I didn’t start to really apply self care to my life until around 2-3 years ago. It wasn’t really important to create a self care routine, after all black men don’t do that. And what I mean is that we just ignore things like stress or believe it just comes and goes... as long as we just work through it, all will be fine. My parents didn’t handle stress well. My mother was real quiet when problems arose and tried to just do her best with no complaints. Or at least for her child’s sake she wanted to show strength and not weakness; any questions about the past could be better processed in the future. My father never seemed to talk about any problems period, as I grew older we seemed to trade anger and pain instead of working to help and heal each other.

After my mother passed, things seemed bleeker. My mother was the person I went to first to figure out life situations. Good, bad, normal day to day and anything in between. When she passed, it felt like I had no one to fill that role  and I had to rely on trial and error to get life right instead of having someone who could provide guidance. After a series of traumatic happenings (mostly the death of family) it always felt like no one was emotionally available to talk with. As I held everything in, I began to self medicate... which isn’t what good self care looks like. This led me to depression, a reality I never would admit was mine. Alcohol and indulging in smoking weed started working against me. My best friends, they tried their best to talk sense into me, but it still wasn’t enough.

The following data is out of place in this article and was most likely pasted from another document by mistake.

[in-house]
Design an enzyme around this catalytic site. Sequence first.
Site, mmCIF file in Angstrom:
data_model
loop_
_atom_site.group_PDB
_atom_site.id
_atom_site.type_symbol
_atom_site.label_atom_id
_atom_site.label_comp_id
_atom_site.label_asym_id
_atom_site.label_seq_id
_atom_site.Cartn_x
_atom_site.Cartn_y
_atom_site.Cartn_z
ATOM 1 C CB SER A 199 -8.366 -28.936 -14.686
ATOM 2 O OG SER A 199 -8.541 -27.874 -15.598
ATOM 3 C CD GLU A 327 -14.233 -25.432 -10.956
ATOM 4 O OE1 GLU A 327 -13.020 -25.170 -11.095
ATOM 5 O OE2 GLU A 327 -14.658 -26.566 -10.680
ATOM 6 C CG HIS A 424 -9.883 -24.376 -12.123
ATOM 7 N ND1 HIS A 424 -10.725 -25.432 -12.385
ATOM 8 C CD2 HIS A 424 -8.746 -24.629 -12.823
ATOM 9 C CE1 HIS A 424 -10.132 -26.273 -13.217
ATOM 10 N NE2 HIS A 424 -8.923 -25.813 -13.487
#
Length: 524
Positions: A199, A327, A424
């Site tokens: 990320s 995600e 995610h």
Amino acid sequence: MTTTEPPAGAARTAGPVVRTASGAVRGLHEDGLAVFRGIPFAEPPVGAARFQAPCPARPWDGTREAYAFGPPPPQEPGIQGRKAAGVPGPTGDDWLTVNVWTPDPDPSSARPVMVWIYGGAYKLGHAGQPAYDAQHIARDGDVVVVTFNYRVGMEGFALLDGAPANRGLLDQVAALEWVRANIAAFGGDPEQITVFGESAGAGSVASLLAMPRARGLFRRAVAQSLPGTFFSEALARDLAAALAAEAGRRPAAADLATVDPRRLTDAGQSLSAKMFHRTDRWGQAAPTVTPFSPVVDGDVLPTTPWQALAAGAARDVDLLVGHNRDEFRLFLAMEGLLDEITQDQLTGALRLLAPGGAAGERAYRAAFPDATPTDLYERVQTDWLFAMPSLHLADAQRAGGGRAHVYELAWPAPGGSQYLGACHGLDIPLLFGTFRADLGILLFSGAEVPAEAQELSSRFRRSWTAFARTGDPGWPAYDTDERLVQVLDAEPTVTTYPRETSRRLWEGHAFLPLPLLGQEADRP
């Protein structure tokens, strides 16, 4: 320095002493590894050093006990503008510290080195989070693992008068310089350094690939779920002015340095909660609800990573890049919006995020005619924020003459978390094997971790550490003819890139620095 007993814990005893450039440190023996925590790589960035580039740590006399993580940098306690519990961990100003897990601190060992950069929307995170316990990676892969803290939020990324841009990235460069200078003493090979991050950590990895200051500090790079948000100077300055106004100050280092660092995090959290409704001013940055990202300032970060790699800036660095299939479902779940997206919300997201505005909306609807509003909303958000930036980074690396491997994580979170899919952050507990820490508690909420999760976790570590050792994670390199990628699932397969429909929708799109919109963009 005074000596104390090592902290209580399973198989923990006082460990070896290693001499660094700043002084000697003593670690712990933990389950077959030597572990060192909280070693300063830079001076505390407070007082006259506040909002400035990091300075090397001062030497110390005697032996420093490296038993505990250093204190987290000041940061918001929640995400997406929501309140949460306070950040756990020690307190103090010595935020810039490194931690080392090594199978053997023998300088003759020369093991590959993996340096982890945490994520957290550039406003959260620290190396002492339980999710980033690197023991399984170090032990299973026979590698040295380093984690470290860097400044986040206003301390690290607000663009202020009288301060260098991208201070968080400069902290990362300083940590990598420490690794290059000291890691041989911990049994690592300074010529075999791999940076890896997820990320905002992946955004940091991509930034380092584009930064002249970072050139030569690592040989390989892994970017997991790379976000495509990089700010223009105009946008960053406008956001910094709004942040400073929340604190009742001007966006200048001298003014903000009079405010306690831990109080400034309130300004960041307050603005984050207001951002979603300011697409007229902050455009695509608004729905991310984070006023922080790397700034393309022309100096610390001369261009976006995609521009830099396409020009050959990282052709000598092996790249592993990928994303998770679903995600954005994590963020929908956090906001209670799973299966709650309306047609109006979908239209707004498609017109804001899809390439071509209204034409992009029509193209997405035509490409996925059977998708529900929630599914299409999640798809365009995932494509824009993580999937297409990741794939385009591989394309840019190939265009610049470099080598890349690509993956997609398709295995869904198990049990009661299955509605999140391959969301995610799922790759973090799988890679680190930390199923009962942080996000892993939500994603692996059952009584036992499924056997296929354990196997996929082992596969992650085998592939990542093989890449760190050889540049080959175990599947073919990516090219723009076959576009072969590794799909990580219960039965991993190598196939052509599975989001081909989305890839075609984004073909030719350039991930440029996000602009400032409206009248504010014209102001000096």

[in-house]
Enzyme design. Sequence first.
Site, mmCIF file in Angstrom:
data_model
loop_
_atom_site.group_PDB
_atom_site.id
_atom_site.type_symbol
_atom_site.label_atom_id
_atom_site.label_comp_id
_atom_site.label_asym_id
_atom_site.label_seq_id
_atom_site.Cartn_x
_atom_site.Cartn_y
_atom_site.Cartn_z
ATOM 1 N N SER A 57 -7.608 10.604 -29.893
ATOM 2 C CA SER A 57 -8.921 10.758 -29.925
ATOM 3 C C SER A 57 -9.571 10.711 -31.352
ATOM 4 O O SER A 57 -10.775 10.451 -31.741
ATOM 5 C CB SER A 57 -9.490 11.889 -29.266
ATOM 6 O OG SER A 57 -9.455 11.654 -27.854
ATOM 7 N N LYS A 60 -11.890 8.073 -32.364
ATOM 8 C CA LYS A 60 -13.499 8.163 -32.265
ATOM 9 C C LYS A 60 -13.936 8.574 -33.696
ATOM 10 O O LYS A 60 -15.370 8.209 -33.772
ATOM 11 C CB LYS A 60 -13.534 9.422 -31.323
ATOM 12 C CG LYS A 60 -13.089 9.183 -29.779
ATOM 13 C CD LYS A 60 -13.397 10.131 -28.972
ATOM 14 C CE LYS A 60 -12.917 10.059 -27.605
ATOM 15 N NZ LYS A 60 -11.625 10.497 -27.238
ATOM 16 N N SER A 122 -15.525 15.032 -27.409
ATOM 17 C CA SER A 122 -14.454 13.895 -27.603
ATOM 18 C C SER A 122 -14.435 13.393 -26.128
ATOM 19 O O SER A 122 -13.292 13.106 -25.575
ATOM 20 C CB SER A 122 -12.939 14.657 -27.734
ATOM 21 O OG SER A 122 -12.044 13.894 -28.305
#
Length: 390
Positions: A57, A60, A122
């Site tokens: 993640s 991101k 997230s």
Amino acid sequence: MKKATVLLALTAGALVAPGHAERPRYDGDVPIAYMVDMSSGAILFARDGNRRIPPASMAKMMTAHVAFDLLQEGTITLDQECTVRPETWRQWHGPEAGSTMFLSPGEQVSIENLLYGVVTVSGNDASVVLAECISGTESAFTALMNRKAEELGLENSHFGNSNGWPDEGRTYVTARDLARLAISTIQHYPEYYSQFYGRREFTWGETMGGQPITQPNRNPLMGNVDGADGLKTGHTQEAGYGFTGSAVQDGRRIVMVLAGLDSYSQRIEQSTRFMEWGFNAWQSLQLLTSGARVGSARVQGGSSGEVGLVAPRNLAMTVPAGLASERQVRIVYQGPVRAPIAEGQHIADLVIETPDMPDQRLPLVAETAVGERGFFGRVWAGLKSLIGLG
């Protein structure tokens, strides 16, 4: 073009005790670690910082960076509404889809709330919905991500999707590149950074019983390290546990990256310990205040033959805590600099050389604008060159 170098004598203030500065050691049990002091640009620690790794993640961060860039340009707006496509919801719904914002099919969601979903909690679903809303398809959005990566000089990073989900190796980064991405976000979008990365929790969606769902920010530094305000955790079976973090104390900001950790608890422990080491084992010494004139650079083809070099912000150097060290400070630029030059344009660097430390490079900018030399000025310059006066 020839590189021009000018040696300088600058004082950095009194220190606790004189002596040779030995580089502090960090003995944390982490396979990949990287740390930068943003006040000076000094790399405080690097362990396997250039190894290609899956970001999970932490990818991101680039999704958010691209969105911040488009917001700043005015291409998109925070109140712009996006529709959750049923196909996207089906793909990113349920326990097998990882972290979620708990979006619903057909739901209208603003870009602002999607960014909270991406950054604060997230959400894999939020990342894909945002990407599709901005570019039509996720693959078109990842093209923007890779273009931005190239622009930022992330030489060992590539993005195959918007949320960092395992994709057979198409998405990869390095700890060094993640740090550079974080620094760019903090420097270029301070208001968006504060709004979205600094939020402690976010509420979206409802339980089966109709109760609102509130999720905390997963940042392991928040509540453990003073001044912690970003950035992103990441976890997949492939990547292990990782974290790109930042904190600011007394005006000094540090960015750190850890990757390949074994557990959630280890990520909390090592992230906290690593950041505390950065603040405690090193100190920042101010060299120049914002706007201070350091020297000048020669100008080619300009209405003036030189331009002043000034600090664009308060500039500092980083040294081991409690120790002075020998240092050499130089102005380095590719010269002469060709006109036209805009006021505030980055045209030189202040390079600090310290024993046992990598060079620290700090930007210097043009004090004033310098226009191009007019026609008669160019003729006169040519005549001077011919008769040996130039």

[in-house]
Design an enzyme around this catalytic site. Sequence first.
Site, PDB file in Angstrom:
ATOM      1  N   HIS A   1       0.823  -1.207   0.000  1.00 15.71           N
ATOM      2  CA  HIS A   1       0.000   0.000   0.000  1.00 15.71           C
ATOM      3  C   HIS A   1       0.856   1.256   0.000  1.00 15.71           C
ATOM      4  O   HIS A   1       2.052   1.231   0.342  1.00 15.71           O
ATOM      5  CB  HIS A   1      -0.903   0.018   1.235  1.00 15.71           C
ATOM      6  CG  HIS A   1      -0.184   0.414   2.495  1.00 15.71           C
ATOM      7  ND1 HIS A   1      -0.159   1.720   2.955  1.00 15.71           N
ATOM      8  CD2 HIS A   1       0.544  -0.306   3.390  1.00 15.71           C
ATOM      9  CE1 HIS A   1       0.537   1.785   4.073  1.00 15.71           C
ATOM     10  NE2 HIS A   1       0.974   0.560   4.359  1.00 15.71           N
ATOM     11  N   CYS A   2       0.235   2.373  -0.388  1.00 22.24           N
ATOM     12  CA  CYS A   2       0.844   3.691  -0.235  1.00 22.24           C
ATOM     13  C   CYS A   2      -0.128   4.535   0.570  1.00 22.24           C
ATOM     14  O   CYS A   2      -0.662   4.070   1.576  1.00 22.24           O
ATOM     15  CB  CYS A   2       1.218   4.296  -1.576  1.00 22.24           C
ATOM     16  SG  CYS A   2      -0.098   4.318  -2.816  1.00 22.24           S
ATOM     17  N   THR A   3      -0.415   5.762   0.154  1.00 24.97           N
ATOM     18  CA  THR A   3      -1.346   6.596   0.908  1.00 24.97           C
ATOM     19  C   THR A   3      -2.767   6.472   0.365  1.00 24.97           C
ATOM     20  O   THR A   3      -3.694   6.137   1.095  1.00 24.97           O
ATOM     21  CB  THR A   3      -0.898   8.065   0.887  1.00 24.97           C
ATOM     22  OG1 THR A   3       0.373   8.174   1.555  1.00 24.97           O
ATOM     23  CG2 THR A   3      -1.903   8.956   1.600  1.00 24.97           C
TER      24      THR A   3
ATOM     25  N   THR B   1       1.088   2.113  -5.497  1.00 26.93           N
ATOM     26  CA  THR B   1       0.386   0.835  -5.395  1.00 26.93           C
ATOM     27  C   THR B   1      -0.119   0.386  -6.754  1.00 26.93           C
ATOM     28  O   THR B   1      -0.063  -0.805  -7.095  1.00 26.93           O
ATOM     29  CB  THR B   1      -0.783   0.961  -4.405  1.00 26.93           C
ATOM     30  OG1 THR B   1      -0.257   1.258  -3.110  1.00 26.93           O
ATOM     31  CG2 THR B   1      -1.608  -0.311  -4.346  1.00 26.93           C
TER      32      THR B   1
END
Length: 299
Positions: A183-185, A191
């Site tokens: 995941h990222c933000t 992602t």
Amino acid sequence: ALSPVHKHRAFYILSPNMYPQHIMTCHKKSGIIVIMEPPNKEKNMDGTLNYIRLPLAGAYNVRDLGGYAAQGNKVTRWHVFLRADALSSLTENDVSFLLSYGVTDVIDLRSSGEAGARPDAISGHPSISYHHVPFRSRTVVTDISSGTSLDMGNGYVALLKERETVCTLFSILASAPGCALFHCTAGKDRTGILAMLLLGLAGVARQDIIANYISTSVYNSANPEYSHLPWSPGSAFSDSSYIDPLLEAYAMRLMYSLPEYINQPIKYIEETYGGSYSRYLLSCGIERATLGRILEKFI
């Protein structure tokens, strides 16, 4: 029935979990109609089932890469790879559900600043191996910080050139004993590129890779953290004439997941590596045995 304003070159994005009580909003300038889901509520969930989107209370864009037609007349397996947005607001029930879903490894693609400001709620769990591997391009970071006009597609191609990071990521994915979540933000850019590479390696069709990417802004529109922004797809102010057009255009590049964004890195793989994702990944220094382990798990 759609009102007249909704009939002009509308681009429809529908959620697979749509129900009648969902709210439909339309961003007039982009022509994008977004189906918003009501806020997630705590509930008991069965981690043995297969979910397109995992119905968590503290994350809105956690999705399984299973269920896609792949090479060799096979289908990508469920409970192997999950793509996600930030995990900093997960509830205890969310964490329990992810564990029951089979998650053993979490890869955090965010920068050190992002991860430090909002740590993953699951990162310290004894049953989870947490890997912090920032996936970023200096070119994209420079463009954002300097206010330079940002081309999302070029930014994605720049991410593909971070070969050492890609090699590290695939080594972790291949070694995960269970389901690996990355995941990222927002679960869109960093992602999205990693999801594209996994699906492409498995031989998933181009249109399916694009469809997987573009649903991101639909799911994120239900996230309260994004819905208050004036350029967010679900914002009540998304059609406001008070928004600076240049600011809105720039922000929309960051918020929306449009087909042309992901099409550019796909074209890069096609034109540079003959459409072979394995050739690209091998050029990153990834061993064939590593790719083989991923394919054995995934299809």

The real self care practices came when I had to figure out why I acted a certain way, why I kept repeating patterns, why I ran away from problems instead of standing up to them, and why I couldn’t work through my own character issues. My life felt like it was on a loop. I knew when problems would come, relationships would change, I’d have emotional spikes, jobs would basically fizzle… and when you don’t have a sturdy foundation, the only thing you're left to think about is survival. Self care was the last thing on my mind to do for myself. But being a journalist I tapped into writing,  ironically enough I didn’t think it would be the therapy I needed, but it helped me dissect and pinpoint things in my past to situations that affected my present. After feeling dejected for a few months I bought a new notebook, I put on music that always helped me work through my feelings (KRIT, J.Cole, Rome Fortune, Chuuwee), had my favorite tea on deck, and started writing about the strongest feeling that weighed the most on my heart at the time.

Writing in my notebook started to save me bit by bit and I started to beat the things that held me hostage for years. I could see the roots of things that were silently holding me back emotionally by reading my passages over and over. Breakthroughs were happening and it was overwhelming. But I didn’t stop there. I felt like the next step for deliverance was telling the closest people to me all of my findings. Then I started to hold myself accountable by acknowledging that my actions would inevitably dictate my emotions and the future of my well being. Exploring my fears, emotional problems and past actions, writing them down, connecting the dots, and saying them out loud from a place of self love has put me in a better position in my life as a man. Men usually take a while to release the feelings they have pinned up inside but be genuine and pay close attention to our actions. Let your male friends know they don’t have to take the world on by themselves because that’s what we feel like we have to do. Men of color often joke about opening up and being emotional but the truth is we all deserve the opportunity to be heard, to be helped, and to be supported… and not just from the females in our lives, but from each other.

thomas jenesis

publisher of JENESIS magazine & co-owner of BOOM concepts, find him @thomas_jenesis